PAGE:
But before that, it had already been moved to 1/10 of a light year from its star, because of problems with excess heat. (And its sun had subsequently become a red giant, which is why no human could find the Puppeteer homeworld -- they were looking for the wrong kind of star.)

So let's look at some numbers. The Earth receives about 5.5 yottajoules (YJ) of energy per year from the sun -- 5.5 * 10E24 joules. Fusion of two protons yields 6.7 * 10E-14 joules. So to generate as much heat from fusion as we get from the sun would require us to fuse around 10E38 protons. Which sounds like a lot, but there are 6 * 10E23 hydrogen atoms per gramme of hydrogen, so we'd only need to fuse a bit over 10E14 grammes of hydrogen. That's 100 million tonnes, or the amount of hydrogen you'd get from an 800 metre cube of water. The Earth has about 1.5 billion cubic kilometres of water, so if the Puppeteer homeworld is similar to Earth, then they can last for over two billion years at an energy output that's more than enough to heat the planet up even in the absence of a sun.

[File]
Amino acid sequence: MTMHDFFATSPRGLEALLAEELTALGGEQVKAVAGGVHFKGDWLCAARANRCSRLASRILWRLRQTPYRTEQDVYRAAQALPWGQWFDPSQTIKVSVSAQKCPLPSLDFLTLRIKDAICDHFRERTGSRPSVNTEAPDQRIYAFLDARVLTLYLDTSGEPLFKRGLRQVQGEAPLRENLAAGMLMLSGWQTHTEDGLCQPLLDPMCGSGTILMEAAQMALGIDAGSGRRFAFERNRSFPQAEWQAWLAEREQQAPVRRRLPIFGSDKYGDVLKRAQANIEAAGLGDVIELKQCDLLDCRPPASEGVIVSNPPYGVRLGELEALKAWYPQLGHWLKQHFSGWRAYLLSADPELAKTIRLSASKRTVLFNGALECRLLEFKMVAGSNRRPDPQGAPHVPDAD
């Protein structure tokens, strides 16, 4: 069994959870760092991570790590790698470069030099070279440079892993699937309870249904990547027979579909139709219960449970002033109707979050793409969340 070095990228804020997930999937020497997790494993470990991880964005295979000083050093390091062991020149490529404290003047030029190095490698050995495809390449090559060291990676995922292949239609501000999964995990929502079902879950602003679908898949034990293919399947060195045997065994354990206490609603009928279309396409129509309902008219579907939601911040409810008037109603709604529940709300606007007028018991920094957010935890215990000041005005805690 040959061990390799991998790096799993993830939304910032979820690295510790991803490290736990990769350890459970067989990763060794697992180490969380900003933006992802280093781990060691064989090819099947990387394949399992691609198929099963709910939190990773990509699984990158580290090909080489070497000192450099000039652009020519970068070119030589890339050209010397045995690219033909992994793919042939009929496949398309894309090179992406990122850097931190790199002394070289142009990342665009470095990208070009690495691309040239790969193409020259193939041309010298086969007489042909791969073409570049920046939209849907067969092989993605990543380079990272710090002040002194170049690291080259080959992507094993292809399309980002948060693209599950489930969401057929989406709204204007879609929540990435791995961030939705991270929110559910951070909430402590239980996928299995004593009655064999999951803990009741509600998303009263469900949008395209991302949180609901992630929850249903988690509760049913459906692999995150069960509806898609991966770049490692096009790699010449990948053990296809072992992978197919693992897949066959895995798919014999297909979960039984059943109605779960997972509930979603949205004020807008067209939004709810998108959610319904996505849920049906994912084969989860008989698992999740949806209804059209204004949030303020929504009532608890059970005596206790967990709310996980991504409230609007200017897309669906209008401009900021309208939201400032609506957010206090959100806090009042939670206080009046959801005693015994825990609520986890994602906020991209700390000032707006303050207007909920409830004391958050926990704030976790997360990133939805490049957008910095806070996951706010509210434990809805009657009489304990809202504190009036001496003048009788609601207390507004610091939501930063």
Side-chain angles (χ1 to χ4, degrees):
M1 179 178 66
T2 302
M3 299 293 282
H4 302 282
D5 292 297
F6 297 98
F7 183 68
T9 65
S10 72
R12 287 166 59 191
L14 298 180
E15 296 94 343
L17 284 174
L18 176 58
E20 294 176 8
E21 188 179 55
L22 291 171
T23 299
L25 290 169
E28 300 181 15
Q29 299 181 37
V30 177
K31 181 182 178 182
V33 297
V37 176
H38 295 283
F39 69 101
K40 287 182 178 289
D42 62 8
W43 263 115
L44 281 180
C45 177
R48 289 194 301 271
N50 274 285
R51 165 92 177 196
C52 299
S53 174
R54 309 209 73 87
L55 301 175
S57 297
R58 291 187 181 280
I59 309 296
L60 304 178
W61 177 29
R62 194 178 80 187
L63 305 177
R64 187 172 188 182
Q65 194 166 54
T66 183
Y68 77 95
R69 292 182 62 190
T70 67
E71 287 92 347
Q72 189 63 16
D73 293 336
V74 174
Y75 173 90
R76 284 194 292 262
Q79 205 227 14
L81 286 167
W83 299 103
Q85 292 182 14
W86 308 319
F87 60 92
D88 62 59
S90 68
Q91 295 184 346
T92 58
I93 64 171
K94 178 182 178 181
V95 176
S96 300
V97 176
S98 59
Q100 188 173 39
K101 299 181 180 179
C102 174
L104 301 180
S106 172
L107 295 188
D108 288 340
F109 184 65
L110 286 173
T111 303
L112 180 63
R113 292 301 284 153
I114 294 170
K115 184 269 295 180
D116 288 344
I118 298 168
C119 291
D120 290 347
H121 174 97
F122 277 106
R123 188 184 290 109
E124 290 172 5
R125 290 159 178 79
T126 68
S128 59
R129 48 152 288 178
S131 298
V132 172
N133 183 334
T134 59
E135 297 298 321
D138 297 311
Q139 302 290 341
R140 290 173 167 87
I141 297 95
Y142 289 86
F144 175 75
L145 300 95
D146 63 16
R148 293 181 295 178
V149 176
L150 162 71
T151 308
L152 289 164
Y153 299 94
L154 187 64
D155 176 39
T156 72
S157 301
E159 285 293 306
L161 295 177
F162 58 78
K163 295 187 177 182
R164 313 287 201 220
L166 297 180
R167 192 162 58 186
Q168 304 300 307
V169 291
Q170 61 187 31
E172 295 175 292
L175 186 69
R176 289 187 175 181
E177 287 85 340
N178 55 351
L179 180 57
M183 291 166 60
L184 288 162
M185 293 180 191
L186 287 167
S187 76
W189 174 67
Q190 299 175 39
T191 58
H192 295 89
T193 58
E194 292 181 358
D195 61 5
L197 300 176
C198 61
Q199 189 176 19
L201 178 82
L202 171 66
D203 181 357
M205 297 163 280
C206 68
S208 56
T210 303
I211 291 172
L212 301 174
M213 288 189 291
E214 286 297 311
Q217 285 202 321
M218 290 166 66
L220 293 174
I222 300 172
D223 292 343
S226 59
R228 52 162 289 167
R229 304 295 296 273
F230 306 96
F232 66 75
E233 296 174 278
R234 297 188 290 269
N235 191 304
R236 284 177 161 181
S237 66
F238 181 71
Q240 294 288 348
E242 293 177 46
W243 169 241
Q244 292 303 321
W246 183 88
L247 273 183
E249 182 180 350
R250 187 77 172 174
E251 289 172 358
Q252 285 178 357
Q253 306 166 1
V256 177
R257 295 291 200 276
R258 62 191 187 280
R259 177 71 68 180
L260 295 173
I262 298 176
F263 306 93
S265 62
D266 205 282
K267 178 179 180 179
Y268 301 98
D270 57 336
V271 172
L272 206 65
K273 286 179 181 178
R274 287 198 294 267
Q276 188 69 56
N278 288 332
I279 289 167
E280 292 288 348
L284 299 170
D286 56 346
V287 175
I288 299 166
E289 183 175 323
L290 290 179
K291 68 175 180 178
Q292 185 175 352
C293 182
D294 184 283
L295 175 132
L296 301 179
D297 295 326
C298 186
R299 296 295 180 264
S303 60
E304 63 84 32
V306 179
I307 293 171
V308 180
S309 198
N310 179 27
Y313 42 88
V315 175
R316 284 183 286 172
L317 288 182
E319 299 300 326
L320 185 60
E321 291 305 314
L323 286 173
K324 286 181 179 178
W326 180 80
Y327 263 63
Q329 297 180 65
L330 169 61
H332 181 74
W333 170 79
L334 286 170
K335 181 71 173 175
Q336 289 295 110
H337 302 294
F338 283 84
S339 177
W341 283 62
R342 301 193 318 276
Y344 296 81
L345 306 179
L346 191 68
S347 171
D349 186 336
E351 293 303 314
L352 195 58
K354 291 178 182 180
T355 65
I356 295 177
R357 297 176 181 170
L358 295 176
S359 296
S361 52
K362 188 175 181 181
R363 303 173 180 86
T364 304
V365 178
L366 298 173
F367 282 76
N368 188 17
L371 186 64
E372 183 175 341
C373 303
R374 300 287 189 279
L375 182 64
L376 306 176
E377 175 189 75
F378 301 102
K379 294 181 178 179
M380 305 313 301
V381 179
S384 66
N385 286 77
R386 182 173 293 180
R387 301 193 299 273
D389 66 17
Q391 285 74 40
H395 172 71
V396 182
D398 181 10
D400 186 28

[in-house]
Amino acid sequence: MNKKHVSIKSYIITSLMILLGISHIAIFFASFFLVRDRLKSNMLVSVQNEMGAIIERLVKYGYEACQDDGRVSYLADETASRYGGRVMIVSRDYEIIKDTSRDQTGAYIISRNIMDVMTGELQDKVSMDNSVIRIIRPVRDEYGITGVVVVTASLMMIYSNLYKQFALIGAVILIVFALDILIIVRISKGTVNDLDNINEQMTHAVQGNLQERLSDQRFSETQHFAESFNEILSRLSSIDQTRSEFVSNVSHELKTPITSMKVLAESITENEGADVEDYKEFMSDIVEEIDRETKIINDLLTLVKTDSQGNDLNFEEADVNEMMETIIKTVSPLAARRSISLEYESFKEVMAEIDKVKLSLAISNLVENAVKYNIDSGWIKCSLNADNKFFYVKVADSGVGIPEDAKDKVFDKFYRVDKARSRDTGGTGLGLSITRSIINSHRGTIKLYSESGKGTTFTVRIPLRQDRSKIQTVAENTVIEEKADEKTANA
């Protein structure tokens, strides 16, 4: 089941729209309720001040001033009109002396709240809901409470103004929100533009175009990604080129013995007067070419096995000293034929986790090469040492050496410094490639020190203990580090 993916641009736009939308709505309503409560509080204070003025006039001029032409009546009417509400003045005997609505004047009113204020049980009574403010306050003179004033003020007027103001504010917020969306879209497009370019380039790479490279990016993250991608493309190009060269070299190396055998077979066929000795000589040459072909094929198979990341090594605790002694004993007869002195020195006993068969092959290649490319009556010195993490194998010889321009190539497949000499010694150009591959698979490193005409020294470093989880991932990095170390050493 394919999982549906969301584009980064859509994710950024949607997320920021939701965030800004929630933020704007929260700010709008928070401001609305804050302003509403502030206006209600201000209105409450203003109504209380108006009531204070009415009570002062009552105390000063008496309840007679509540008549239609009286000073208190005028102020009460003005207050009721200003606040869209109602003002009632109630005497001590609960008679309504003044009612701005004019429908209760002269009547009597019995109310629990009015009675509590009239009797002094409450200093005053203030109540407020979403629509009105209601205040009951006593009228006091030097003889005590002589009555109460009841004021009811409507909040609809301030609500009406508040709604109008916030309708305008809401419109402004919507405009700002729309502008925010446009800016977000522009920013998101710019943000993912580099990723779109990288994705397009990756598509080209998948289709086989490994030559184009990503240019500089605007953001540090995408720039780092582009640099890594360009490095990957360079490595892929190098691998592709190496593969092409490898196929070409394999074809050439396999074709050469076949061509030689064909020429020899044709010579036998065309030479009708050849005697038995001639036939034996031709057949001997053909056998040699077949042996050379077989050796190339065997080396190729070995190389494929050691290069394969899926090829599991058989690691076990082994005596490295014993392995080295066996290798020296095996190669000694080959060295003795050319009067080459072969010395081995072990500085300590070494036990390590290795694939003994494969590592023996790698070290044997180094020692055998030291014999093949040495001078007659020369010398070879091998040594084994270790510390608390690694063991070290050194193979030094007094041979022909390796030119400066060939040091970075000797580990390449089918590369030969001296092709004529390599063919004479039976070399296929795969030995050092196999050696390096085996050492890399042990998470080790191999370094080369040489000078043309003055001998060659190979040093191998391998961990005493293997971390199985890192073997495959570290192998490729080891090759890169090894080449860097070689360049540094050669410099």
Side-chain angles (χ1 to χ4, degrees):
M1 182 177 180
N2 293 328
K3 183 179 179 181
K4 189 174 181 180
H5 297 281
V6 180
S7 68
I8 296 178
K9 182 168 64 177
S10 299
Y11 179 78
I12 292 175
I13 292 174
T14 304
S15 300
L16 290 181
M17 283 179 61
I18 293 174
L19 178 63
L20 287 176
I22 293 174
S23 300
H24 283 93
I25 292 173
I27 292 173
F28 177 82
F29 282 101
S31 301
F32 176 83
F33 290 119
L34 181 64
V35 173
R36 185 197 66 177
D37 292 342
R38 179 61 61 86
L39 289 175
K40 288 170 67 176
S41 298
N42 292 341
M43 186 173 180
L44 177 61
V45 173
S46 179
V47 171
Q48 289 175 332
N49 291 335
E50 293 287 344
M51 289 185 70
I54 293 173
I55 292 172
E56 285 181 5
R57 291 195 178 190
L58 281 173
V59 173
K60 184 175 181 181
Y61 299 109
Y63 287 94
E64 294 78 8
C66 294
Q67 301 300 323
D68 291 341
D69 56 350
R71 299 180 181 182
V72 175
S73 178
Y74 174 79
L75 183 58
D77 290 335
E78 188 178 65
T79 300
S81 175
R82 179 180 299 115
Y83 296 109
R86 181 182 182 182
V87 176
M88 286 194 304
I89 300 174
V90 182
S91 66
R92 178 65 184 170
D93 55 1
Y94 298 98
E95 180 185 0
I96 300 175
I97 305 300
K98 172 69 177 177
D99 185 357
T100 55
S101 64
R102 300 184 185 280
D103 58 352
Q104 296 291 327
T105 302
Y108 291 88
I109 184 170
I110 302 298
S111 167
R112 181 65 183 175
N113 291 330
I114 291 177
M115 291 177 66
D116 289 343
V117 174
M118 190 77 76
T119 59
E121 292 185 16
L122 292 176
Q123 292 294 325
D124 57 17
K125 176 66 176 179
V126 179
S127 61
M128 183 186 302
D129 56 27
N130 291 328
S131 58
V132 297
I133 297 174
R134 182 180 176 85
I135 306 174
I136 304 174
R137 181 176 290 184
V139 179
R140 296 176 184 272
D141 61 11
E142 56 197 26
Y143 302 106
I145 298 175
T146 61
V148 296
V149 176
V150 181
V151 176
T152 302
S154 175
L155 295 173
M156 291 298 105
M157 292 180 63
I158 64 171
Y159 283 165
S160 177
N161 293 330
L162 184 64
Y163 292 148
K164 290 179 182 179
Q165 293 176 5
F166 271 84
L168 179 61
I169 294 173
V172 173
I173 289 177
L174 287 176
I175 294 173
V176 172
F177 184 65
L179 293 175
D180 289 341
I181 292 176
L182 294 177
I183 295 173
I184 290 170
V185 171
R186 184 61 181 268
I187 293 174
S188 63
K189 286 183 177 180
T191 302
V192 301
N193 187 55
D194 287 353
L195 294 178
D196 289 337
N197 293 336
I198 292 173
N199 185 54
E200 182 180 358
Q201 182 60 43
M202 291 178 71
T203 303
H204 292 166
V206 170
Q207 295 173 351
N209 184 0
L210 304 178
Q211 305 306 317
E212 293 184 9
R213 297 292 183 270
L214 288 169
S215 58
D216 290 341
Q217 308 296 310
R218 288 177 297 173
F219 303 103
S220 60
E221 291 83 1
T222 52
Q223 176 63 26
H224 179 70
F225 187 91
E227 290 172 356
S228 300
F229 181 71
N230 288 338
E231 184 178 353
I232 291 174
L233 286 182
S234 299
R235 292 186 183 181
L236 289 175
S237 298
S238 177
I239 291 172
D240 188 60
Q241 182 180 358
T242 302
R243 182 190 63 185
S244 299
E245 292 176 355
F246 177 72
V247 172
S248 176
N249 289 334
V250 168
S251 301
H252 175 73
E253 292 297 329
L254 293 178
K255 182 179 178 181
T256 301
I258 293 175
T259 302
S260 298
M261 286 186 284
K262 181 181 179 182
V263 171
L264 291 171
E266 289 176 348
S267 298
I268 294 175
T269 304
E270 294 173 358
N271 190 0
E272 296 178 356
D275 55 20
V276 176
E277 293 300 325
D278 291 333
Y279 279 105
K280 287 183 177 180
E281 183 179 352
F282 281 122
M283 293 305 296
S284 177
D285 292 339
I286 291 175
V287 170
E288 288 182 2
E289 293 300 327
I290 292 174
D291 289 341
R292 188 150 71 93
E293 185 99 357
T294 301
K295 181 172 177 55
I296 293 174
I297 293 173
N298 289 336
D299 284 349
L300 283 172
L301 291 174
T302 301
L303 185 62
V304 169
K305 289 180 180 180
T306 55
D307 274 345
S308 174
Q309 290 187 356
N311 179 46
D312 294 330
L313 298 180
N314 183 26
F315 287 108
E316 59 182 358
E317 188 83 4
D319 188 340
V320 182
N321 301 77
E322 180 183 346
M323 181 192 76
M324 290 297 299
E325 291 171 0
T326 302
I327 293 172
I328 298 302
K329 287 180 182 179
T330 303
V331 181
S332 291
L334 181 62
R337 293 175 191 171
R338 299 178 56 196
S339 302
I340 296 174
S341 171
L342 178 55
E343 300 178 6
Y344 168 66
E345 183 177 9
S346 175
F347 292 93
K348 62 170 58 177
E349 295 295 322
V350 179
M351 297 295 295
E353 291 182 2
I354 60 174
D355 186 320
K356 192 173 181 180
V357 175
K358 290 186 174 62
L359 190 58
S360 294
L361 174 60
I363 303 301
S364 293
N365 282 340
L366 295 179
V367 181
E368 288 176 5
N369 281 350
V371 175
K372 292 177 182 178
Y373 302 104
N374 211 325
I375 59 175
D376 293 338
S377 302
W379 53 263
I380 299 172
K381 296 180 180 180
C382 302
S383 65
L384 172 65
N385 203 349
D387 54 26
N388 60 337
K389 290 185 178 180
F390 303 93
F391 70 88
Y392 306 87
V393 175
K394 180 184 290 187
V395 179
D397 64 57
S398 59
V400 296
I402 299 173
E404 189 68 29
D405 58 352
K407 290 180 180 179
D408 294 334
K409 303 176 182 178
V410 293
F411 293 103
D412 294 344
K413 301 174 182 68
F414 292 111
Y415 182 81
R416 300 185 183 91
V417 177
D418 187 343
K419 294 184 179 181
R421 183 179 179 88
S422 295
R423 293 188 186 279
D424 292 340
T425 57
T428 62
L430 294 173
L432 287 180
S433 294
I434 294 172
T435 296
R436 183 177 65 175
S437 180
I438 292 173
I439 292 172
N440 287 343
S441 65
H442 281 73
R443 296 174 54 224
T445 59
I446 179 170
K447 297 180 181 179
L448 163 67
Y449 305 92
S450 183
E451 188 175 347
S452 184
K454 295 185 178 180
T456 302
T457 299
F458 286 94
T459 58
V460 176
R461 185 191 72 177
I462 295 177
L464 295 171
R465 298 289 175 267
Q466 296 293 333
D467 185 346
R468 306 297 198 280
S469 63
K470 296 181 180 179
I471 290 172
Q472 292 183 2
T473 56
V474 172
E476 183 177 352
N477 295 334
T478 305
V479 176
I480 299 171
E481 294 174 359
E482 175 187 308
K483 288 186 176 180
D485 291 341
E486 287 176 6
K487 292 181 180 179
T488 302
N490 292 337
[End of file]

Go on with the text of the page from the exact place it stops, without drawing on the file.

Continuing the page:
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    +1 for some awesome physics and math in the sci-fi Q&A – JYelton Feb 1 '11 at 20:28
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    For clarity, those 1.5 billion cubic kilometers Mike mentions, are the one true billions: 1.5*10^12. – R. Martinho Fernandes Feb 2 '11 at 1:00
  • Although the OP accepted your answer, I am at a loss understanding how it answers the question. The question asks why the Puppeteers can't get rid of excess heat and you're saying how they would be able to add more heat if needed. – Xantec May 3 '16 at 20:51
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The problem with Hearth's climate was not so much the stellar input, but the waste heat generated by the puppeteer's huge industrial base. The stellar input was 'easily' solved by moving the entire planet into interstellar space, but the industry problem was unavoidable. They must have scrubbed the atmosphere of all greenhouse gases to maximize the amount of long-wave IR the planet could emit, but I don't recall seeing that mentioned.